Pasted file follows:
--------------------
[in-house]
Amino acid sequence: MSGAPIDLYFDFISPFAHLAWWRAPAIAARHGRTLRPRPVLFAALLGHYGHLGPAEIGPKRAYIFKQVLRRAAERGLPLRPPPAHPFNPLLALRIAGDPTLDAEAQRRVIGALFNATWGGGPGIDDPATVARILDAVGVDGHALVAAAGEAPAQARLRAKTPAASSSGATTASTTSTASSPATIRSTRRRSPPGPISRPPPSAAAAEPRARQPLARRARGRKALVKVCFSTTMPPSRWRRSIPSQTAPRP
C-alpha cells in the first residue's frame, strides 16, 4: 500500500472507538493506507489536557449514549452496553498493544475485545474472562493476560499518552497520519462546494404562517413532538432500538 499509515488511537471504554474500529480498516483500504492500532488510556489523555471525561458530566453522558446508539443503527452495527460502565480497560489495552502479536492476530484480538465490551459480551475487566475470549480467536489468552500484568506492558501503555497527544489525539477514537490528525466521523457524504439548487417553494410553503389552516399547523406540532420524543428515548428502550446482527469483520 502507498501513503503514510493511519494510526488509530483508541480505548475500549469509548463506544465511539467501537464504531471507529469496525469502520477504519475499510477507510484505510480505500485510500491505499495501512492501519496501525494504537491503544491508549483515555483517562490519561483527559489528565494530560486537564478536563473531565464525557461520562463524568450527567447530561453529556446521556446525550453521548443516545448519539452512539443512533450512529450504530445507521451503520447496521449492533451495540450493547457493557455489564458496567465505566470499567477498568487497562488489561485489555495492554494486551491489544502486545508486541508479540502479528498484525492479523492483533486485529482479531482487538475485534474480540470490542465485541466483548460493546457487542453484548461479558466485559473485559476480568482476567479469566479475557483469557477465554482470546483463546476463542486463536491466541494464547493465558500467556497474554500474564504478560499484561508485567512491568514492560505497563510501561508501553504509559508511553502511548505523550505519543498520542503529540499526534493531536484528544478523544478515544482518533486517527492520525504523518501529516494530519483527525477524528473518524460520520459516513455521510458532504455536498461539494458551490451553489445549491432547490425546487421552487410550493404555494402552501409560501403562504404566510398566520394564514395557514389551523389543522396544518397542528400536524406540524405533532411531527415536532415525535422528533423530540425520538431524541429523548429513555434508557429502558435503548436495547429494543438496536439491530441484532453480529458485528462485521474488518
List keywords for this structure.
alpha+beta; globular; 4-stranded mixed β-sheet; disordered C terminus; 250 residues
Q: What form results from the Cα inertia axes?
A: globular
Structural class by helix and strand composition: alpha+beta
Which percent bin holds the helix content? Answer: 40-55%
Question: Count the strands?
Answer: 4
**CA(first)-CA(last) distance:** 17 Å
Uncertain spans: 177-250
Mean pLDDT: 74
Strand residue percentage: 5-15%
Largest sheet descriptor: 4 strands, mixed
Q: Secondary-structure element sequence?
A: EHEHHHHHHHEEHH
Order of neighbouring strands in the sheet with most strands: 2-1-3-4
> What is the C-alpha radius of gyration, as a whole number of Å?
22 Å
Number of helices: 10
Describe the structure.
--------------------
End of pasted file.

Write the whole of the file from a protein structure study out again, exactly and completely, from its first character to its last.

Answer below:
[in-house]
Amino acid sequence: MSGAPIDLYFDFISPFAHLAWWRAPAIAARHGRTLRPRPVLFAALLGHYGHLGPAEIGPKRAYIFKQVLRRAAERGLPLRPPPAHPFNPLLALRIAGDPTLDAEAQRRVIGALFNATWGGGPGIDDPATVARILDAVGVDGHALVAAAGEAPAQARLRAKTPAASSSGATTASTTSTASSPATIRSTRRRSPPGPISRPPPSAAAAEPRARQPLARRARGRKALVKVCFSTTMPPSRWRRSIPSQTAPRP
C-alpha cells in the first residue's frame, strides 16, 4: 500500500472507538493506507489536557449514549452496553498493544475485545474472562493476560499518552497520519462546494404562517413532538432500538 499509515488511537471504554474500529480498516483500504492500532488510556489523555471525561458530566453522558446508539443503527452495527460502565480497560489495552502479536492476530484480538465490551459480551475487566475470549480467536489468552500484568506492558501503555497527544489525539477514537490528525466521523457524504439548487417553494410553503389552516399547523406540532420524543428515548428502550446482527469483520 502507498501513503503514510493511519494510526488509530483508541480505548475500549469509548463506544465511539467501537464504531471507529469496525469502520477504519475499510477507510484505510480505500485510500491505499495501512492501519496501525494504537491503544491508549483515555483517562490519561483527559489528565494530560486537564478536563473531565464525557461520562463524568450527567447530561453529556446521556446525550453521548443516545448519539452512539443512533450512529450504530445507521451503520447496521449492533451495540450493547457493557455489564458496567465505566470499567477498568487497562488489561485489555495492554494486551491489544502486545508486541508479540502479528498484525492479523492483533486485529482479531482487538475485534474480540470490542465485541466483548460493546457487542453484548461479558466485559473485559476480568482476567479469566479475557483469557477465554482470546483463546476463542486463536491466541494464547493465558500467556497474554500474564504478560499484561508485567512491568514492560505497563510501561508501553504509559508511553502511548505523550505519543498520542503529540499526534493531536484528544478523544478515544482518533486517527492520525504523518501529516494530519483527525477524528473518524460520520459516513455521510458532504455536498461539494458551490451553489445549491432547490425546487421552487410550493404555494402552501409560501403562504404566510398566520394564514395557514389551523389543522396544518397542528400536524406540524405533532411531527415536532415525535422528533423530540425520538431524541429523548429513555434508557429502558435503548436495547429494543438496536439491530441484532453480529458485528462485521474488518
List keywords for this structure.
alpha+beta; globular; 4-stranded mixed β-sheet; disordered C terminus; 250 residues
Q: What form results from the Cα inertia axes?
A: globular
Structural class by helix and strand composition: alpha+beta
Which percent bin holds the helix content? Answer: 40-55%
Question: Count the strands?
Answer: 4
**CA(first)-CA(last) distance:** 17 Å
Uncertain spans: 177-250
Mean pLDDT: 74
Strand residue percentage: 5-15%
Largest sheet descriptor: 4 strands, mixed
Q: Secondary-structure element sequence?
A: EHEHHHHHHHEEHH
Order of neighbouring strands in the sheet with most strands: 2-1-3-4
> What is the C-alpha radius of gyration, as a whole number of Å?
22 Å
Number of helices: 10
Describe the structure.